author, creative writing, writers, writing

5 Ways A Timeline Helps You Write Your Novel

Some writers are plotters. Others are pantsers. There’s no right way to do it. There are pros and cons to plotting, and it’s up to you to decide what works best. Personally, I’m a plotter. Typically, my plotting consists of a basic outline and little else. It worked for two novels. But on my third, I was struggling. I spent ages trying to figure out why my story wouldn’t work before it hit me. I’d not sussed out the timeline, not properly. And once I had, it changed everything. As such, I’m sharing 5 ways that a timeline helps you write your novel.

Figuring out backstory
Not all backstory needs to be written. I would even go as far as to say most backstory doesn’t need to be written. But as a writer, it’s helpful to know where things started for your characters. It’s important to know what happened before the events of the first chapter. This way, you know what to include and what to omit. It also enables you to add depth to your characters, as undoubtedly their past has shaped them.
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Avoiding plot holes
A number of things can cause plot holes, and time is definitely one of them. If your characters and their story are to be believable, then time must move in the way it should. Even if your fictional world has it’s own concept of time, you should adhere to the rules you set for it. Savvy readers are likely to pick up on things that don’t flow naturally.
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Guiding you where to go next
Sometimes, you can’t quite figure out a scene or chapter. You get stuck, and the only way to fix it is to stop and come back later. If you know where to go next, you’ll keep writing. That way you’re still making progress, even if some chapters/scenes are unfinished. And it’s by writing, and discovering more about your book, that you’ll be able to fill in the blanks when you edit.
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Keeping characters in sync
This was my huge downfall, and it took me so long to notice it, it’s embarrassing! I slowly worked out that the reason my story felt so disjointed was because the characters weren’t in sync. The day of the week would jump between characters, so there was a constant pull back and forwards. Given these characters are living in the same time frame, it made no sense for the date and time to change and change back again several times. Since keeping them in sync, the whole story works much better.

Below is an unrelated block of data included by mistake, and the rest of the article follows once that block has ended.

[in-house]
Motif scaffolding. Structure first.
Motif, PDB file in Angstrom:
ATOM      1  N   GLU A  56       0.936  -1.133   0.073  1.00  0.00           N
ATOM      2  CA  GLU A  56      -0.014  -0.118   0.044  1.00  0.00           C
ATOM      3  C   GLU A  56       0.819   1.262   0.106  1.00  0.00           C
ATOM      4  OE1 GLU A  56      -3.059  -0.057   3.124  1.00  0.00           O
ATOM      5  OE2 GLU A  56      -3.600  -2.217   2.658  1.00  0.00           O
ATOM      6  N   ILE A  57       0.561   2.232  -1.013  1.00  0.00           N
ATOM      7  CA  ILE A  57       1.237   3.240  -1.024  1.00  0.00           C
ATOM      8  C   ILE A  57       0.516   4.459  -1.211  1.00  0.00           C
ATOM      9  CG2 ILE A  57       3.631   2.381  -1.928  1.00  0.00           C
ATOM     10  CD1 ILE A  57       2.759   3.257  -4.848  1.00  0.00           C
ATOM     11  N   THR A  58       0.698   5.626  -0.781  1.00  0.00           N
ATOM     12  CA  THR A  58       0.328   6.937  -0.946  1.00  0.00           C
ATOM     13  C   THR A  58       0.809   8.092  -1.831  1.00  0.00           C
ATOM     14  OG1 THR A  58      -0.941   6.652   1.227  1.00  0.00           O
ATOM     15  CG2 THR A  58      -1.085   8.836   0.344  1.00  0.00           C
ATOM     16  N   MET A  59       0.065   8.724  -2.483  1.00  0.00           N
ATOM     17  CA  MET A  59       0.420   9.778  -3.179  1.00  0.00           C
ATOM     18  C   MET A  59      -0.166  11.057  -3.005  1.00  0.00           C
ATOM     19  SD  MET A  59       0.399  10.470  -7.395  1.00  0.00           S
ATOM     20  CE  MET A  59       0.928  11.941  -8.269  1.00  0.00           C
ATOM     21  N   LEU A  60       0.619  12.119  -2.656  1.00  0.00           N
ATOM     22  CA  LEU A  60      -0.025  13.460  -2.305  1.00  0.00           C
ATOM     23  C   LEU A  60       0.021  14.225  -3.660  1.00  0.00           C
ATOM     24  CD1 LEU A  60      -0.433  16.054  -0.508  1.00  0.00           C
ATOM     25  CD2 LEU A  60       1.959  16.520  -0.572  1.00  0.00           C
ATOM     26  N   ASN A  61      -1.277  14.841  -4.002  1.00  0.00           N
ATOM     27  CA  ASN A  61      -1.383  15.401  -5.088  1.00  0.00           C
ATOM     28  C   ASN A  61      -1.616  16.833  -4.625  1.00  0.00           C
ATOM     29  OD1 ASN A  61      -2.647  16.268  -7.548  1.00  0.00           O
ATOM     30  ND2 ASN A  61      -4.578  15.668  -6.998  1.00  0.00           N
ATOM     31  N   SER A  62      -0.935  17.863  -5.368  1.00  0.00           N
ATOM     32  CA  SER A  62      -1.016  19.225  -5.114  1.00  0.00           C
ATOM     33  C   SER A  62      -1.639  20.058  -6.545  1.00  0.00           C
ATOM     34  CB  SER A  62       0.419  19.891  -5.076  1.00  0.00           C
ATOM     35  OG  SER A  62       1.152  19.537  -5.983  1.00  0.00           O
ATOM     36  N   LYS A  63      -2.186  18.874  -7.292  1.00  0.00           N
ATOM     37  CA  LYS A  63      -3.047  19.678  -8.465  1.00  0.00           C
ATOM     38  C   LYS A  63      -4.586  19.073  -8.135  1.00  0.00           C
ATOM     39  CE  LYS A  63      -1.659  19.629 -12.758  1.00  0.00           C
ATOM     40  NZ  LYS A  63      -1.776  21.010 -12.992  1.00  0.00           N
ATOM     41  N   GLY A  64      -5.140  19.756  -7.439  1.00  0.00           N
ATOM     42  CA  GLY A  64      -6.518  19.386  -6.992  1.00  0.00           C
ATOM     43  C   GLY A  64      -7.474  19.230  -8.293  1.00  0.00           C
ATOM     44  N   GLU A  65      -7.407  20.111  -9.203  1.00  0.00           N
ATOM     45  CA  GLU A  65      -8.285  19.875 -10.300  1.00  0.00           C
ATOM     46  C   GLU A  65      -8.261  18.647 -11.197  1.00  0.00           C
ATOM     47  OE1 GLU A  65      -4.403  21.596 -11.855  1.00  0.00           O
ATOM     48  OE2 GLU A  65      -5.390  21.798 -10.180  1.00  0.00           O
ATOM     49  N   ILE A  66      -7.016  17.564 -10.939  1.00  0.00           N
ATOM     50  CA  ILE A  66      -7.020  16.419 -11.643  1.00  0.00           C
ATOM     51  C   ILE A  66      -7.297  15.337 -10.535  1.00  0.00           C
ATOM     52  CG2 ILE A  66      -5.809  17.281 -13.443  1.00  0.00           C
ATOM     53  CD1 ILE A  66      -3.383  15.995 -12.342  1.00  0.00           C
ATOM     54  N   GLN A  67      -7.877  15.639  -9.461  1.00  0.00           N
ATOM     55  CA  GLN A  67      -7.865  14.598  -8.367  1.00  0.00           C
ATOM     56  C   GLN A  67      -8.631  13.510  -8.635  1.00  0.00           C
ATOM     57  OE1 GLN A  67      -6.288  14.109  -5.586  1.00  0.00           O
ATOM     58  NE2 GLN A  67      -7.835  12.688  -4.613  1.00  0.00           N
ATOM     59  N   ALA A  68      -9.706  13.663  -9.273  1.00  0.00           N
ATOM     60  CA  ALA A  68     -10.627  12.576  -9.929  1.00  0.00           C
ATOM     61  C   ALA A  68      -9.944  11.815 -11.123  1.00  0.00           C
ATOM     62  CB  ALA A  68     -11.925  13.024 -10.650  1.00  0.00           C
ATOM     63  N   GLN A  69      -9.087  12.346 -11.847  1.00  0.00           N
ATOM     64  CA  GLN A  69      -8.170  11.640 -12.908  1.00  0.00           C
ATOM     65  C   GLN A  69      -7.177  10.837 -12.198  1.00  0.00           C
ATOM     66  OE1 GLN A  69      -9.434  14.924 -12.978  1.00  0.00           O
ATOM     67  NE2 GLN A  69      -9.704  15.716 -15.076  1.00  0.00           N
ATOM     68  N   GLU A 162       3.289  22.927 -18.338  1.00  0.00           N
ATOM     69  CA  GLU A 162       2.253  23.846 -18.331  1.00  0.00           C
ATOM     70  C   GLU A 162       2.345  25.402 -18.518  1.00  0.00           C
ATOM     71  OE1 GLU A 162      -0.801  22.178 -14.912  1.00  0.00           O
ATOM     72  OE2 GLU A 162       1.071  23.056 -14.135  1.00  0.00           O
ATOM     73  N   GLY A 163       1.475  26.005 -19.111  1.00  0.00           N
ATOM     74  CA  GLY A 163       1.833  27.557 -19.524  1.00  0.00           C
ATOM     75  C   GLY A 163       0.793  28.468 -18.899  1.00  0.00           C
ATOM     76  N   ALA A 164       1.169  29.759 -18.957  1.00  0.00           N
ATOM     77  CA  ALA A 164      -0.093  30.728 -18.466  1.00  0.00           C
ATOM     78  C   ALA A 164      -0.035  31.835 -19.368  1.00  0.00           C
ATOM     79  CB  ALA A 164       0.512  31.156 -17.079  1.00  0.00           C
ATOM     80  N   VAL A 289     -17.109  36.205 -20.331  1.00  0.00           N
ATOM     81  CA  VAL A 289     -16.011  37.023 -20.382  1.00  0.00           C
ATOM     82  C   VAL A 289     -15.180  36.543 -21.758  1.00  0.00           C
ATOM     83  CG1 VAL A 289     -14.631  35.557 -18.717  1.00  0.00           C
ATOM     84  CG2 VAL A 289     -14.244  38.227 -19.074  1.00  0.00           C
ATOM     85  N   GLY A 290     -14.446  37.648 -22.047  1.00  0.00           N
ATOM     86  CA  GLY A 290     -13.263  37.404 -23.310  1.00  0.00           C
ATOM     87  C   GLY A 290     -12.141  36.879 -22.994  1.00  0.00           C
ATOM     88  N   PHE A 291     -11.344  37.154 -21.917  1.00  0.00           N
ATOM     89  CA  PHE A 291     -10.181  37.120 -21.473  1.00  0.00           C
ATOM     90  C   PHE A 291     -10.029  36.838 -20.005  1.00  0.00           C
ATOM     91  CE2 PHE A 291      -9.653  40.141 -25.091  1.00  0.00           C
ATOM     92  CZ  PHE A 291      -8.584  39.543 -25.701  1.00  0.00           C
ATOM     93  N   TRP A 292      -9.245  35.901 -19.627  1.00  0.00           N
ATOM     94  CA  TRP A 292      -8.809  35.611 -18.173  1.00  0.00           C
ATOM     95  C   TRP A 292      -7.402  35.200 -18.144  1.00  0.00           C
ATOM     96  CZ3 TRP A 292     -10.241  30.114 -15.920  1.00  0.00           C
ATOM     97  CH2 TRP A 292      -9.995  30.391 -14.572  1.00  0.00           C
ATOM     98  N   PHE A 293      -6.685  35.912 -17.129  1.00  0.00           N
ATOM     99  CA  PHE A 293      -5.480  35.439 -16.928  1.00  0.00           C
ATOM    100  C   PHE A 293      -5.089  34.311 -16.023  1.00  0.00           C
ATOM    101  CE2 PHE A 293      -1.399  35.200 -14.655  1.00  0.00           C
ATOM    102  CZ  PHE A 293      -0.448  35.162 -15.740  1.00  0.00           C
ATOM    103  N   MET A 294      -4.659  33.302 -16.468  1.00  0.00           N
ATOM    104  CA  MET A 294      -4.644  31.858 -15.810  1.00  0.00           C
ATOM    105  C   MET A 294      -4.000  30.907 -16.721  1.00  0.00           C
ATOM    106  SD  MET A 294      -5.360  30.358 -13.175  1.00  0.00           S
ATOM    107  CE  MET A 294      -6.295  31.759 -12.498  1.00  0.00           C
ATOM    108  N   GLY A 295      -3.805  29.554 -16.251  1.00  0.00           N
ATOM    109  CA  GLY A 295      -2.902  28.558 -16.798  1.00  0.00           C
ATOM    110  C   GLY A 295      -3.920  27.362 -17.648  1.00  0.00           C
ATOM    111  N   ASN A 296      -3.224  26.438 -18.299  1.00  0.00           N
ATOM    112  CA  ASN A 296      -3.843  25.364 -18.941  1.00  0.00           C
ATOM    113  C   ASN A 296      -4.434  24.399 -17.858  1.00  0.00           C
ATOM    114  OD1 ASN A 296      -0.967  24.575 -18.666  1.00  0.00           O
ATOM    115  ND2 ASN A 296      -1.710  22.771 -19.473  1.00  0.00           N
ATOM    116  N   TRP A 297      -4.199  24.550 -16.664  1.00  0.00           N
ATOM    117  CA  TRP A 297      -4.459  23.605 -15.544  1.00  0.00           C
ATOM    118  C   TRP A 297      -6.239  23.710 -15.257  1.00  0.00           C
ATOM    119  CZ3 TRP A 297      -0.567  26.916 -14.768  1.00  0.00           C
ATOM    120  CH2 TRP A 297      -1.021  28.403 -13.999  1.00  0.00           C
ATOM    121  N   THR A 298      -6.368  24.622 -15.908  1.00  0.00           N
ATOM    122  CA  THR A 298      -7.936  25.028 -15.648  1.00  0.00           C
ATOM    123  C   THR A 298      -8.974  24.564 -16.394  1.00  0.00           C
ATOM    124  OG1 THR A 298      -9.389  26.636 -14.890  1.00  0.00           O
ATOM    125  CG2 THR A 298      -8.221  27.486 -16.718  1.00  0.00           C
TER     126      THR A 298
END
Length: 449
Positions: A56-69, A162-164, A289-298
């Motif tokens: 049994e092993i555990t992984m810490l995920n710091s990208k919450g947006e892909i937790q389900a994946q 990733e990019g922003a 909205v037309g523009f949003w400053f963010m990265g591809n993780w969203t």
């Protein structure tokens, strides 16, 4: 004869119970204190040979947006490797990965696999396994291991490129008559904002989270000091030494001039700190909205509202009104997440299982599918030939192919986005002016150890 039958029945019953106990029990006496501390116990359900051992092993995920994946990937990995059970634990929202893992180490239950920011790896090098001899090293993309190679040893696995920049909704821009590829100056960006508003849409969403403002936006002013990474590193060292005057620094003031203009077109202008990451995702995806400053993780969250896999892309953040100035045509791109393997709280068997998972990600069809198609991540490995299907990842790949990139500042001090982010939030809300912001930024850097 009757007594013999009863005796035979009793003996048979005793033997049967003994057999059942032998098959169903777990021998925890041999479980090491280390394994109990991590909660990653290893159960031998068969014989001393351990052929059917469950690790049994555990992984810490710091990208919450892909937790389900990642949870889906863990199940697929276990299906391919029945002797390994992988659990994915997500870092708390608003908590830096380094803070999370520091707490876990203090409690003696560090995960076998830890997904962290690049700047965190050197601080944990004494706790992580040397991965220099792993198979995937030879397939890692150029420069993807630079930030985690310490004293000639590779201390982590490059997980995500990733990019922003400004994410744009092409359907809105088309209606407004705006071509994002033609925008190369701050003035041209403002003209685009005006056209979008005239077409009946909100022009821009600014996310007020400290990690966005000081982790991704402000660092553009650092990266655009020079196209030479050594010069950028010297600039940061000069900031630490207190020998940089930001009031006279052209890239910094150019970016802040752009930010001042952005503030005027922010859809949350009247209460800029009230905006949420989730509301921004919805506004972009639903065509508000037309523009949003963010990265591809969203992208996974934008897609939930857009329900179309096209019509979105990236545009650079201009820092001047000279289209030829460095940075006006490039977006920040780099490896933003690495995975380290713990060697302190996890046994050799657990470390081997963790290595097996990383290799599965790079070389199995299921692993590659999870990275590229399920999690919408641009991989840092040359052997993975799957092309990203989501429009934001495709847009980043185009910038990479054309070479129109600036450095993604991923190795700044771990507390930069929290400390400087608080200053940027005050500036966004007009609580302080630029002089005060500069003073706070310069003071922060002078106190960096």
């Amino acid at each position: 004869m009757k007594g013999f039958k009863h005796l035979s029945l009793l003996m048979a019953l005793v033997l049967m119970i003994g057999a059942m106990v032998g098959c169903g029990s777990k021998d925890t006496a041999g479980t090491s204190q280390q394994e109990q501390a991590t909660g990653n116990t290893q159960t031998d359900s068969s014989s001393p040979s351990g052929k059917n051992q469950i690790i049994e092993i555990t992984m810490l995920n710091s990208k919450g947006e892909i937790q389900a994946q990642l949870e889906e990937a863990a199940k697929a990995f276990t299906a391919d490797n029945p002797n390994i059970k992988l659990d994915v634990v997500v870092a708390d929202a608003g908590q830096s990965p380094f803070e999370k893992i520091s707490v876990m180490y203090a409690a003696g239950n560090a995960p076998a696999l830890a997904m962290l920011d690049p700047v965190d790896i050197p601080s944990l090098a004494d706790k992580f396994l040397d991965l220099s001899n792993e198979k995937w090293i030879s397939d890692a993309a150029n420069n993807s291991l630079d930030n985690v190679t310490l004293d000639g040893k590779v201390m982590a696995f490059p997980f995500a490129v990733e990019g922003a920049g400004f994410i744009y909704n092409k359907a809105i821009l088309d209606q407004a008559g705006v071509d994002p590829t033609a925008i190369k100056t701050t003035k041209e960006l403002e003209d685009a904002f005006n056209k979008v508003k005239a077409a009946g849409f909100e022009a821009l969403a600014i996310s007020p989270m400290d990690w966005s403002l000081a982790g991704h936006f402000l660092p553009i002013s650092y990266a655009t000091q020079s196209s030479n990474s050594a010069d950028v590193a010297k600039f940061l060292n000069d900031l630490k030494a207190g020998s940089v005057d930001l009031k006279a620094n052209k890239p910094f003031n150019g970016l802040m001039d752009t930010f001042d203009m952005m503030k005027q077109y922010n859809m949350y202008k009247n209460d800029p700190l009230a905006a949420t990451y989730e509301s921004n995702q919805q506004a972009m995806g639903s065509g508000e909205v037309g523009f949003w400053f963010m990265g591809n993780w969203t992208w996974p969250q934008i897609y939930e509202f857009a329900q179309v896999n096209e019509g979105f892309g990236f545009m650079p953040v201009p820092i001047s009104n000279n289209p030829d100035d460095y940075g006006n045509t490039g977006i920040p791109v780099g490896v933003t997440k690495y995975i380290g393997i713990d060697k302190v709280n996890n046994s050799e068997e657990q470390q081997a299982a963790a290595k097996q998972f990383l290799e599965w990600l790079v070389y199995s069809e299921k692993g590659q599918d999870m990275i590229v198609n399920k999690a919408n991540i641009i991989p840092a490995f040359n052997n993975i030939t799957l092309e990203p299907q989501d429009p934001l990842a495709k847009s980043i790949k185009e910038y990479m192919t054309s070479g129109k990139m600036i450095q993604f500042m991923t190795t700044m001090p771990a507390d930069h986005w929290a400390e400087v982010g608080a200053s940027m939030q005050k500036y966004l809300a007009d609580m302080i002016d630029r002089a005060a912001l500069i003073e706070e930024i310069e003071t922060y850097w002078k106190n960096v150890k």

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Writing dual timelines
For me, I find reading dual timelines extremely satisfying. Especially when they loop round to connect with one another. But keeping dual timelines isn’t always easy, and it can become confused in your work. If you’re using different time frames, such as past and present, or present and future, then create a timeline for each and run them alongside one another.
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Do you plan a timeline for your story? Does it help? Please share your plotting tips below!

Until then,
Keep writing,
M
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11 thoughts on “5 Ways A Timeline Helps You Write Your Novel”

  1. Michelle, great advice. I think it applies to more than just novels. Goal setting people who set timelines, influences, etc. will more than likely get closer to their goal. Keith

    Liked by 1 person

  2. Great post, Meelie. I usually make a plan after I’ve written the first draft, but can often find issues with timelines and things during the final check of the final draft. I probably should take up you tips and plan much better 😅.

    Liked by 1 person

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